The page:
I dropped an email off to the ESA helpdesk asking them about my mysterious satellite “39”, the following is the reply I received:

Dear Mr. Ronan,

thank you very much for contacting the EGNOS/ESTB Helpdesk . Your question has been recorded as Call nr. 01181.
Please note the following information.

The EGNOS satellites constellation includes the �ESA satellite ARTEMIS ( PRN 124 labelled on your Garmin unit �with the number 37 ) , the satellite AOR-E (PRN120 – number 33 on garmin units ) and the satellite IOR-W (PRN126 – number 39 on Garmin ). The three satellites have already been connected to the EGNOS computing platform and are currently being used for assembly , integration and validation tests of the system .
The signal currently broadcasted by the EGNOS satellites is in this phase for
testing purposes and can only be processed by profesional receivers.

EGNOS start of operations is today planned January/Feb 2005, this very much depends on the result of some specific tests which are planned in November December 2005. �Until end 2004, the system will undergo final tests to formally pronounce its qualification at an Operational Readiness Review (ORR). The EGNOS system will then be declared available for non safety critical applications in 2005 and will then undergo operational qualification activities towards its availability for safety of life services in 2006.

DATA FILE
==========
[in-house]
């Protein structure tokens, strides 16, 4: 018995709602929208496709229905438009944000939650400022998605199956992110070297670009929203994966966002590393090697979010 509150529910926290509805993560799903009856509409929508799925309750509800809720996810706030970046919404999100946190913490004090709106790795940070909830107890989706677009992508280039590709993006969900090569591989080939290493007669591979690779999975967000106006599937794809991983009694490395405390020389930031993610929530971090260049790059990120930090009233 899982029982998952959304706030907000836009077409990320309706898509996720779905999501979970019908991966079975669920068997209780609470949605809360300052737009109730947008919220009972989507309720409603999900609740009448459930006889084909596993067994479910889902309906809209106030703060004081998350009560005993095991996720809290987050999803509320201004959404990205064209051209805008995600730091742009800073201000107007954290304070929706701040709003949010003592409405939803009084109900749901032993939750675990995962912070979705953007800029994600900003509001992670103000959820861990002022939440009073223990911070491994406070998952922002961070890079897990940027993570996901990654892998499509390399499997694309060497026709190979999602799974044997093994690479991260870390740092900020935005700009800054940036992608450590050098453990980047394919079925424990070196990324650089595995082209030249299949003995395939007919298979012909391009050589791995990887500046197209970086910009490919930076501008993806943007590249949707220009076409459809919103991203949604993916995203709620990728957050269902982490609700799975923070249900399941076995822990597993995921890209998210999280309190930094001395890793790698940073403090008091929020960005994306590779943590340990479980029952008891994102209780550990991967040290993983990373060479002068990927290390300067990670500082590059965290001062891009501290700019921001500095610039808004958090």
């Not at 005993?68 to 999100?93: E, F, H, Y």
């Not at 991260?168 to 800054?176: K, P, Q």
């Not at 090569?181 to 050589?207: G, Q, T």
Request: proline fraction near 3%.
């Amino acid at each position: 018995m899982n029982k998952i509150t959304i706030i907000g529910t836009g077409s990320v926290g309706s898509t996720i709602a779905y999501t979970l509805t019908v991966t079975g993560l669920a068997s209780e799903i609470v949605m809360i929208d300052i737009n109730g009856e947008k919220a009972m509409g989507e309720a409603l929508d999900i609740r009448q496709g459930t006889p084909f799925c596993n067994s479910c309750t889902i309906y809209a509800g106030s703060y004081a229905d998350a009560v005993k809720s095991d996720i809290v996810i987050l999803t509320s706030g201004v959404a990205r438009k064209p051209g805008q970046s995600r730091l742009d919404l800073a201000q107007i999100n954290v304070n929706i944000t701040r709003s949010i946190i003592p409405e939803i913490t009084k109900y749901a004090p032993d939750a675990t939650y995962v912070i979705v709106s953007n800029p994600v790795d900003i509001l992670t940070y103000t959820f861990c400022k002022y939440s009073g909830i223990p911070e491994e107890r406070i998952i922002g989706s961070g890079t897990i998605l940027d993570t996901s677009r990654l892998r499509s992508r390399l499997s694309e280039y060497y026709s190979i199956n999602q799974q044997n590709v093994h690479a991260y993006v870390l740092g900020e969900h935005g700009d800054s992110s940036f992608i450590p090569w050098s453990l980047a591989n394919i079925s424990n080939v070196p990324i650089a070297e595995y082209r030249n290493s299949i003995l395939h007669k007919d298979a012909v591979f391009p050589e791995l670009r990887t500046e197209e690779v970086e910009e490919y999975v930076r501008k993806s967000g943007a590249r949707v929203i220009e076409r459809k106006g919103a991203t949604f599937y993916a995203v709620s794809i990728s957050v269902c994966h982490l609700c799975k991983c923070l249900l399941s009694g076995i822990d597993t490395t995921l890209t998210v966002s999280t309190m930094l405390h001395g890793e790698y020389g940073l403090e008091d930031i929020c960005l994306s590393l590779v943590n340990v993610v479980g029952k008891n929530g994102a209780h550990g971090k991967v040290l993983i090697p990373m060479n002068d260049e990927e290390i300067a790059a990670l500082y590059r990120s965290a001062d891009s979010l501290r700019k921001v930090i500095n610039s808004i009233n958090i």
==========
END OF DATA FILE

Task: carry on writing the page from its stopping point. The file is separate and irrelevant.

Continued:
For additional information on EGNOS please visit our EGNOS for Professionals WebSite

At present and until EGNOS becomes operational �you may use the experimental signals broadcast by the ESTB ( the EGNOS System Test Bed which is an experimental version of EGNOS running since 2000). � The signals are broadcast through the satellite Inmarsat IOR (PRN131 number 44 on Garmin ) and available via SISNET . Coverage of the satellite IOR is available at (depending on the location in Europe like in the case of �north/east of England you might not
track the IOR signal ). ESTB SIS real time information is available at

Due to the experimental nature of the ESTB , the signals are broadcast without any guarantee of service as it is stated in the disclaimer available at: For internal testing it is therefore possible that some signal interruption may occur without giving notice in advance.

Additional information on the ESTB is available at our ESTB Web Site at

For further information on ESTB/EGNOS please don’t hesitate to contact us at the EGNOS Helpdesk.
Please note that our new e-mail address for the EGNOS Helpdesk is

Best Regards
EGNOS Helpdesk
European Space Agency

A fairly comprehensive answer. It should be a very useful service when it does go live. Now I’d better get back to work!